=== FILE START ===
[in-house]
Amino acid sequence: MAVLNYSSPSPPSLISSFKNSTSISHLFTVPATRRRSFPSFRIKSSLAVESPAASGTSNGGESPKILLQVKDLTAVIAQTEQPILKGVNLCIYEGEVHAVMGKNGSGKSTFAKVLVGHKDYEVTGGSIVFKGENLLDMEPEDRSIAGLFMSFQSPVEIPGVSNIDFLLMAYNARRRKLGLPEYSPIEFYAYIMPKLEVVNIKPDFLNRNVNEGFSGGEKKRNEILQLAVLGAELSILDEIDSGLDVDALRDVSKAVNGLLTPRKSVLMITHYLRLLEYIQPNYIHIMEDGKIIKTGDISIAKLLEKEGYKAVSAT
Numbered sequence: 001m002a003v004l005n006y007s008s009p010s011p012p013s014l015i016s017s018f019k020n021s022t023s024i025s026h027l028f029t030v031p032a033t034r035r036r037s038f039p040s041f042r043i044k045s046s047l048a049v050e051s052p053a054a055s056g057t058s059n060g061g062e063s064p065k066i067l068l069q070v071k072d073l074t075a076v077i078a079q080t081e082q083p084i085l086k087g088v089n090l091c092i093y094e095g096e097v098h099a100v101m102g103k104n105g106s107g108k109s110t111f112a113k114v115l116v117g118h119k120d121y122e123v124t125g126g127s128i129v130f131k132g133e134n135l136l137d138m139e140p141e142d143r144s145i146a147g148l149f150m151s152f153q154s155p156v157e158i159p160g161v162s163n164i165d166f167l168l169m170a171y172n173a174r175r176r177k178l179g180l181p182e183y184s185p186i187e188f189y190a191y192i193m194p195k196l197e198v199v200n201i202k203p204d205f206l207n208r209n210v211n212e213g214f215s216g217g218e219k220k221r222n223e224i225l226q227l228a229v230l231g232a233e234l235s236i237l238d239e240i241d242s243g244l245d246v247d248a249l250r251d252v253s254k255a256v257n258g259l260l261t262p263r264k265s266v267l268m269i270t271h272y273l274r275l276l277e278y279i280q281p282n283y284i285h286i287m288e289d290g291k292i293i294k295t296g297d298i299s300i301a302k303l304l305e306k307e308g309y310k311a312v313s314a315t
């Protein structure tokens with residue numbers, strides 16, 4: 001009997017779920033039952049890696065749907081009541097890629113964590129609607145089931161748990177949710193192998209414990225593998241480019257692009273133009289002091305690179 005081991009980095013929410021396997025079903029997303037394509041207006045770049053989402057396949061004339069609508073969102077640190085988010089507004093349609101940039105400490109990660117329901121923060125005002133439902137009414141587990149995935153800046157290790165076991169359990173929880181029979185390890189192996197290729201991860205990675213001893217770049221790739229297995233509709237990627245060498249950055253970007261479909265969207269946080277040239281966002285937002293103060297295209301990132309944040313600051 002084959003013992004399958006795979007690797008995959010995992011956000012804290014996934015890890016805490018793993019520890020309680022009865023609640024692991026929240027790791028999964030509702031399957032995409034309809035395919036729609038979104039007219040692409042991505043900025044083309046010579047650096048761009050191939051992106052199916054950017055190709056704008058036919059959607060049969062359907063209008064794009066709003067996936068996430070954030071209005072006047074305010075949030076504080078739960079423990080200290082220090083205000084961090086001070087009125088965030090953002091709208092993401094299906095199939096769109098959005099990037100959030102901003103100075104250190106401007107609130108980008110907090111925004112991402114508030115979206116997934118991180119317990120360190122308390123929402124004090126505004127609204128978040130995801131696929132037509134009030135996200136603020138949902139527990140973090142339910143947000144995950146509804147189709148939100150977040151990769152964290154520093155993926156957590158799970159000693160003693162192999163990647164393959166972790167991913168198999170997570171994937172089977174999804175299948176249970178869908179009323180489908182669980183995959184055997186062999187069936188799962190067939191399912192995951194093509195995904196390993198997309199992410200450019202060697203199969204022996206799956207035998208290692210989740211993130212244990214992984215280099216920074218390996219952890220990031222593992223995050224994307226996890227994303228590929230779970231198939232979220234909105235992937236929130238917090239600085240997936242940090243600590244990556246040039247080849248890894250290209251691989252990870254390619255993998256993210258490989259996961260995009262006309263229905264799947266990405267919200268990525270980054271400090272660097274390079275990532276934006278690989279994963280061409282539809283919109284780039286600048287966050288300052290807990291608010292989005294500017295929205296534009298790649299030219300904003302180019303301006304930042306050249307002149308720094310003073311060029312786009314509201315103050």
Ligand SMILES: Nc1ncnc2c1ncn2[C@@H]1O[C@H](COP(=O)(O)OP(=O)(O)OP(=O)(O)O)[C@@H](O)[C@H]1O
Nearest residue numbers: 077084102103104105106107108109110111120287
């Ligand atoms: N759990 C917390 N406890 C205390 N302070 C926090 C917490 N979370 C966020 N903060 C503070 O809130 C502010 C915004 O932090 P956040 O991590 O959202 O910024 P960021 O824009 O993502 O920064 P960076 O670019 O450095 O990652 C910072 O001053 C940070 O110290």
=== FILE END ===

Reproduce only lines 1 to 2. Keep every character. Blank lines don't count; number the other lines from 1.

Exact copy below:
[in-house]
Amino acid sequence: MAVLNYSSPSPPSLISSFKNSTSISHLFTVPATRRRSFPSFRIKSSLAVESPAASGTSNGGESPKILLQVKDLTAVIAQTEQPILKGVNLCIYEGEVHAVMGKNGSGKSTFAKVLVGHKDYEVTGGSIVFKGENLLDMEPEDRSIAGLFMSFQSPVEIPGVSNIDFLLMAYNARRRKLGLPEYSPIEFYAYIMPKLEVVNIKPDFLNRNVNEGFSGGEKKRNEILQLAVLGAELSILDEIDSGLDVDALRDVSKAVNGLLTPRKSVLMITHYLRLLEYIQPNYIHIMEDGKIIKTGDISIAKLLEKEGYKAVSAT